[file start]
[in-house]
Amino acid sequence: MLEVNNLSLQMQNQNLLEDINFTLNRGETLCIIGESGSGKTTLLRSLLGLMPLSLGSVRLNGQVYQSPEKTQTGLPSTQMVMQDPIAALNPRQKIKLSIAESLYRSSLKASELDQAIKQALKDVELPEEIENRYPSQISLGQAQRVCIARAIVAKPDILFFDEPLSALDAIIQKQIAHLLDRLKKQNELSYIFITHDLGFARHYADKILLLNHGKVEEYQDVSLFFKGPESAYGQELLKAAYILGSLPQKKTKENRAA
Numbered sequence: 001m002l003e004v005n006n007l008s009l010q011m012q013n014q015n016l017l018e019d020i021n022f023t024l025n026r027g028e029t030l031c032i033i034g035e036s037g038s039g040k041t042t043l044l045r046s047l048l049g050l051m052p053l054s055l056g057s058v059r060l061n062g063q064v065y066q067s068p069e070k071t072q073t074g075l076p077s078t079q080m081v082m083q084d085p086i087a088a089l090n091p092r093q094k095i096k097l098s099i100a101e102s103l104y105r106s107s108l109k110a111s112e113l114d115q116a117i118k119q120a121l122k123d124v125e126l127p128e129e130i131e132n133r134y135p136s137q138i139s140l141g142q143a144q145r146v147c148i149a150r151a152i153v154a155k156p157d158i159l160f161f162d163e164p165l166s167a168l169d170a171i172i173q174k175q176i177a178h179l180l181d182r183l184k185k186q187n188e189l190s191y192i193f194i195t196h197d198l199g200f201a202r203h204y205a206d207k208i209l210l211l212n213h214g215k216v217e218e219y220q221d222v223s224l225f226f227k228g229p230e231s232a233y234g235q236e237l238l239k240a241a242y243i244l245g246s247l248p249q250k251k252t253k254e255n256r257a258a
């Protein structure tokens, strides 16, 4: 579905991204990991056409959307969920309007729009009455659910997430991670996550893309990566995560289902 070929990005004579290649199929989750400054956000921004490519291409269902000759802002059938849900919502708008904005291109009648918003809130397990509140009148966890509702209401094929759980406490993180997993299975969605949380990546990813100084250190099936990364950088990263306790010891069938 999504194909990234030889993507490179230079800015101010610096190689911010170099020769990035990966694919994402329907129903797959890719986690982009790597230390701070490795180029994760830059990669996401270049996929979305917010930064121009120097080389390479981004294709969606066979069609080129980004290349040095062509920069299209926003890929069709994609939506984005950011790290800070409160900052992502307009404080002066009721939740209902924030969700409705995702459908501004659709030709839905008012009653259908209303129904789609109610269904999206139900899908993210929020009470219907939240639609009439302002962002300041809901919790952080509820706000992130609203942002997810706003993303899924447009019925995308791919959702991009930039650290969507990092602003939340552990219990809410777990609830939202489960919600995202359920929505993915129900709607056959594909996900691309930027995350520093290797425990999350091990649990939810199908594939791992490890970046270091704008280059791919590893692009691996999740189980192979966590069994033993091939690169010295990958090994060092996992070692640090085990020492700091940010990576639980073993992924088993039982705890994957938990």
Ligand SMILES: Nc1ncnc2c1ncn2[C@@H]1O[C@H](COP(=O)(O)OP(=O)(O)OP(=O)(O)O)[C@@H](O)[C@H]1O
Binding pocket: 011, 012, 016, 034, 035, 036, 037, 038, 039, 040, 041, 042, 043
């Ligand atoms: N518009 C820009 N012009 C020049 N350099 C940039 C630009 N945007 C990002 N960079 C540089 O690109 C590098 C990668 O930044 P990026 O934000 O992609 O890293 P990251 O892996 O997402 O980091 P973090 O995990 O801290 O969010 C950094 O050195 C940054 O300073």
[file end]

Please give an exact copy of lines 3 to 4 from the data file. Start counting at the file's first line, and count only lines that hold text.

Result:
Numbered sequence: 001m002l003e004v005n006n007l008s009l010q011m012q013n014q015n016l017l018e019d020i021n022f023t024l025n026r027g028e029t030l031c032i033i034g035e036s037g038s039g040k041t042t043l044l045r046s047l048l049g050l051m052p053l054s055l056g057s058v059r060l061n062g063q064v065y066q067s068p069e070k071t072q073t074g075l076p077s078t079q080m081v082m083q084d085p086i087a088a089l090n091p092r093q094k095i096k097l098s099i100a101e102s103l104y105r106s107s108l109k110a111s112e113l114d115q116a117i118k119q120a121l122k123d124v125e126l127p128e129e130i131e132n133r134y135p136s137q138i139s140l141g142q143a144q145r146v147c148i149a150r151a152i153v154a155k156p157d158i159l160f161f162d163e164p165l166s167a168l169d170a171i172i173q174k175q176i177a178h179l180l181d182r183l184k185k186q187n188e189l190s191y192i193f194i195t196h197d198l199g200f201a202r203h204y205a206d207k208i209l210l211l212n213h214g215k216v217e218e219y220q221d222v223s224l225f226f227k228g229p230e231s232a233y234g235q236e237l238l239k240a241a242y243i244l245g246s247l248p249q250k251k252t253k254e255n256r257a258a
């Protein structure tokens, strides 16, 4: 579905991204990991056409959307969920309007729009009455659910997430991670996550893309990566995560289902 070929990005004579290649199929989750400054956000921004490519291409269902000759802002059938849900919502708008904005291109009648918003809130397990509140009148966890509702209401094929759980406490993180997993299975969605949380990546990813100084250190099936990364950088990263306790010891069938 999504194909990234030889993507490179230079800015101010610096190689911010170099020769990035990966694919994402329907129903797959890719986690982009790597230390701070490795180029994760830059990669996401270049996929979305917010930064121009120097080389390479981004294709969606066979069609080129980004290349040095062509920069299209926003890929069709994609939506984005950011790290800070409160900052992502307009404080002066009721939740209902924030969700409705995702459908501004659709030709839905008012009653259908209303129904789609109610269904999206139900899908993210929020009470219907939240639609009439302002962002300041809901919790952080509820706000992130609203942002997810706003993303899924447009019925995308791919959702991009930039650290969507990092602003939340552990219990809410777990609830939202489960919600995202359920929505993915129900709607056959594909996900691309930027995350520093290797425990999350091990649990939810199908594939791992490890970046270091704008280059791919590893692009691996999740189980192979966590069994033993091939690169010295990958090994060092996992070692640090085990020492700091940010990576639980073993992924088993039982705890994957938990």